June 1, 2007 — Washington D.C. is absolutely pimpled with monuments and statues, but you have never seen the most remarkable one in the area. No, I mean it, you really haven’t. Maybe because it’s lost in that aforementioned panoply. Maybe because it has no ties to American history whatsoever. Maybe because it’s a bit off the beaten (all right, abused) tourist track. Maybe because it was created by a guy whose artistic credibility extends only as far as being bored and rich. I’m going to say it again. You have not seen this statue. What? Oh, you watched that eyesore of a Sandra Bullock movie The Net? Well, okay, then, you have seen it. But geez, man, did you have to degrade yourself by admitting that just to make the point? You are the opposite of cool.
For those of you with higher film standards, the sculpture’s called The Awakening, and it’s currently entrenched at Hains Point, the tip of a small peninsula known as East Potomac Park somewhat near the Jefferson Memorial in D.C. I say currently because there have been rumors since 2001 or so that the sculpture would be relocated elsewhere for silly reasons that you can dig up on your own. As of early 2007, though, the sculpture is still there. Also, just to warn you, I’m having trouble knowing when to appropriately use the terms sculpture and statue in this article, so I will be switching randomly between the two throughout.
The Awakening is a 100-foot-long aluminum sculpture in five separate parts depicting an anguished bearded giant either being swallowed by the earth, emerging from it, or being trapped in it (that’s how you know it’s art…because it’s vague), all in such a way that it implies that the rest of the statue is underground. You can’t see his knee or foot in these pictures, mostly because I don’t have those kind of fetishes. You can find much more descriptive pictures of it elsewhere on the Internet. Here is where you’ll find me posing with it.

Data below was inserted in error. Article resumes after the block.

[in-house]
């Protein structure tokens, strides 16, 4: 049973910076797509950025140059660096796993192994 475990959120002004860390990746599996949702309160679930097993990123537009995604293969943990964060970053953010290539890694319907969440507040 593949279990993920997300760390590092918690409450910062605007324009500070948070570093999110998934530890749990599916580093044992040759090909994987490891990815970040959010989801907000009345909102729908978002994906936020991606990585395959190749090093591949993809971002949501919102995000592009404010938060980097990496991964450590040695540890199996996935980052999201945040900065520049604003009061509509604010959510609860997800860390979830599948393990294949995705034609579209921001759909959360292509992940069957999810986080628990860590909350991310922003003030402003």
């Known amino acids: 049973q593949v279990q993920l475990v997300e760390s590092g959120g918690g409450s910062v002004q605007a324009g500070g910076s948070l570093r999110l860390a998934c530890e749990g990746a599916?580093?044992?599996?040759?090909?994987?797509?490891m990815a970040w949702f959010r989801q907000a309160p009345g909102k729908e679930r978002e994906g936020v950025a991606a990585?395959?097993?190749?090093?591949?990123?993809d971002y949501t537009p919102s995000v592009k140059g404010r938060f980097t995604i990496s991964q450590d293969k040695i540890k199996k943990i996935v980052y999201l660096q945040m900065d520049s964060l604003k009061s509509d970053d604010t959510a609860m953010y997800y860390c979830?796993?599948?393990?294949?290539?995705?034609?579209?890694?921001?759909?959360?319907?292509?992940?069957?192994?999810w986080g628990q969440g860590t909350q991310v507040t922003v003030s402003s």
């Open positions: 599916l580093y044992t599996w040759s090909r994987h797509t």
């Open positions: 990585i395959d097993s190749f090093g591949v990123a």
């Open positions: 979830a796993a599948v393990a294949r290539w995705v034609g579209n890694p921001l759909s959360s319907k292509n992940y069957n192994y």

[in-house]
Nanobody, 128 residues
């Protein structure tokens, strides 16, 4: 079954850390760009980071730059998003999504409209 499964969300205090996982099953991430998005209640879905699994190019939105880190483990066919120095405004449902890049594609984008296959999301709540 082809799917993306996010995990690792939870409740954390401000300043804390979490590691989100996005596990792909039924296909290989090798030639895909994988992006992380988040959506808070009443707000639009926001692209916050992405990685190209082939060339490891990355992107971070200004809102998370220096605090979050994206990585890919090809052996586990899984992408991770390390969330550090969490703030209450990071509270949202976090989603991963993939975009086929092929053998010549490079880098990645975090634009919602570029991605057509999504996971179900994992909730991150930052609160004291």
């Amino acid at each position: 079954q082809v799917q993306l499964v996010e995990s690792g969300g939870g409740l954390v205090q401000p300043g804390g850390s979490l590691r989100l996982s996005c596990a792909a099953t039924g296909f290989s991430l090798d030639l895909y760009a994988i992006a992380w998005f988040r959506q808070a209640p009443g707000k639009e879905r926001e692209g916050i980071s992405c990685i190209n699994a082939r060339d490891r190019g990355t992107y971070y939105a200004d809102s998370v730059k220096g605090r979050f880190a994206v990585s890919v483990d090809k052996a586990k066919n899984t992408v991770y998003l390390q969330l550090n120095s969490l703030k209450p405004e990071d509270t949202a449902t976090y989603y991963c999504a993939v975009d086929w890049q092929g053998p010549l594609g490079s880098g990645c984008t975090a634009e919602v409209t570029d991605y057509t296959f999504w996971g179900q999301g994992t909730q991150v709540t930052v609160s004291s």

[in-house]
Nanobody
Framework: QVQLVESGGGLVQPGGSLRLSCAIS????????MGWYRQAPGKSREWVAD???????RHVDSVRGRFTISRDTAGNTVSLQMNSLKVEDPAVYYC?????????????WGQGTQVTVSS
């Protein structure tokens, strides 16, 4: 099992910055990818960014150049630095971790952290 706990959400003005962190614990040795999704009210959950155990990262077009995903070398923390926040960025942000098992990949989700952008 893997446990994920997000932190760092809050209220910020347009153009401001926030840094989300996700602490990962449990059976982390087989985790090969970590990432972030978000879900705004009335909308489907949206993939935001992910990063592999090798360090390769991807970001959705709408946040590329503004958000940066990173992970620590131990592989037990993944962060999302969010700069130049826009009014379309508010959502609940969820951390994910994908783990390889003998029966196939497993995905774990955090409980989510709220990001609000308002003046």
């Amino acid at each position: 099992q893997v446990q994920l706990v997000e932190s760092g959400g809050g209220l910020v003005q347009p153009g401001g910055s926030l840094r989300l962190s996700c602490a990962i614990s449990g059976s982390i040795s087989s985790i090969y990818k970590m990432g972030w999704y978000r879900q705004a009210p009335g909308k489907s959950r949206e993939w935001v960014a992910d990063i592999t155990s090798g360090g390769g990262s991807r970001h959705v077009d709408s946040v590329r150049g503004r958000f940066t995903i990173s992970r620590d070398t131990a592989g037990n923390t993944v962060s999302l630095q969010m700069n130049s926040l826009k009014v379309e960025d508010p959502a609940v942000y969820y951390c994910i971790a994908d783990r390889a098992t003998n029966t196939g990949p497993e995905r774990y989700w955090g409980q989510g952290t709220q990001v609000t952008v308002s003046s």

I found out about this work in a roundabout way. The sculpture was cast by J. Seward Johnson, Jr., of the cleanly coiffed Johnson & Johnson clan. He happened to own (without even really knowing it, I think) a tiny industry magazine for which I used to work. Johnson’s artistic work is generally uninspired, mostly life-size bronze casts of people doing various uninteresting things—you know, those silly things you sometimes see outside of libraries and municipal buildings—but I’ve little problem sifting through a lifetime of mediocre work just to see something like this piece.
According to the omniscient Internet, it was erected in 1980 for some sort of sculpture exhibition. It was only supposed to be a temporary display. That’s all the back story I’m going to give you. Look it up on Wikipedia and pray to your pagan gods that the information is accurate.
You’ll probably have to dodge a few kids who use it as a playground, even though there’s an actual playground within hop-scotching distance. Parents like to snap pictures of them sitting in the giant’s palm or sliding down his shin or emerging from his maw (yes, maw); however, it’s much less crowded than any other monument in D.C., by a factor, I’d say, of about a billion. I went on an early Saturday afternoon in 2003 or 2004, and only had to wait 20 minutes or so to have some solo time with the sculpture. You don’t need to know why I needed that.
The one aspect of the sculpture that I’d change if I were a bored health care product scion is to either grow or install grass around the various pieces of the statue to heighten the illusion of its partial burial instead of the mulch-type substance that surrounded the statue in an artificial circle when I visited, but that bare gripe disappears when it snows or floods for an even better effect. This entire paragraph is a sentence. Now it’s two. Geez.
There you go, the only article located on Sandra Bullock’s ’net that doesn’t use “agony” or “primal scream” in describing this statue.
Oh, and I read somewhere that cars have hit the statue once or twice. That makes me incredibly happy. Obviously not because I hate the statue, or even cars really. It just seems an awfully heroic move to me.